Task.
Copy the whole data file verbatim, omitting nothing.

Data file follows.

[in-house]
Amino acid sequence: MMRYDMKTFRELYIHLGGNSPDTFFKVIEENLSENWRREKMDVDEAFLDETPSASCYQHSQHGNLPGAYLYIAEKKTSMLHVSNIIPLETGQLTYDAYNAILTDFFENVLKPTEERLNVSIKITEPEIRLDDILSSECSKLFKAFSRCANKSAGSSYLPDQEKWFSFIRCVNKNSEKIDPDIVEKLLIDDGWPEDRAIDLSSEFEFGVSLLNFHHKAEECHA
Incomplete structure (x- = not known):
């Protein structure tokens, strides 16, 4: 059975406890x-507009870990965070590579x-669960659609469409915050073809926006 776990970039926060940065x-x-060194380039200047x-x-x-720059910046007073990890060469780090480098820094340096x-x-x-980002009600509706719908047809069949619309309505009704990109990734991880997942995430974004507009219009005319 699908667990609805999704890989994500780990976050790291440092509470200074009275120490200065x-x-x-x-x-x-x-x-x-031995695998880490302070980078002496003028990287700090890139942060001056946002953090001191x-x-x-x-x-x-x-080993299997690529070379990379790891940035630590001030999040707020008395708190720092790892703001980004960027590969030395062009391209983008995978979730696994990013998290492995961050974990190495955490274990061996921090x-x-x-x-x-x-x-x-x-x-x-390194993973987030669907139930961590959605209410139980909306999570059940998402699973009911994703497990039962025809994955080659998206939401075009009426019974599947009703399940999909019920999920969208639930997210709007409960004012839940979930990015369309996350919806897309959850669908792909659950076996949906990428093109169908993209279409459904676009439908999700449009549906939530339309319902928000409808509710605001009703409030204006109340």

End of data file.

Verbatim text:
[in-house]
Amino acid sequence: MMRYDMKTFRELYIHLGGNSPDTFFKVIEENLSENWRREKMDVDEAFLDETPSASCYQHSQHGNLPGAYLYIAEKKTSMLHVSNIIPLETGQLTYDAYNAILTDFFENVLKPTEERLNVSIKITEPEIRLDDILSSECSKLFKAFSRCANKSAGSSYLPDQEKWFSFIRCVNKNSEKIDPDIVEKLLIDDGWPEDRAIDLSSEFEFGVSLLNFHHKAEECHA
Incomplete structure (x- = not known):
């Protein structure tokens, strides 16, 4: 059975406890x-507009870990965070590579x-669960659609469409915050073809926006 776990970039926060940065x-x-060194380039200047x-x-x-720059910046007073990890060469780090480098820094340096x-x-x-980002009600509706719908047809069949619309309505009704990109990734991880997942995430974004507009219009005319 699908667990609805999704890989994500780990976050790291440092509470200074009275120490200065x-x-x-x-x-x-x-x-x-031995695998880490302070980078002496003028990287700090890139942060001056946002953090001191x-x-x-x-x-x-x-080993299997690529070379990379790891940035630590001030999040707020008395708190720092790892703001980004960027590969030395062009391209983008995978979730696994990013998290492995961050974990190495955490274990061996921090x-x-x-x-x-x-x-x-x-x-x-390194993973987030669907139930961590959605209410139980909306999570059940998402699973009911994703497990039962025809994955080659998206939401075009009426019974599947009703399940999909019920999920969208639930997210709007409960004012839940979930990015369309996350919806897309959850669908792909659950076996949906990428093109169908993209279409459904676009439908999700449009549906939530339309319902928000409808509710605001009703409030204006109340």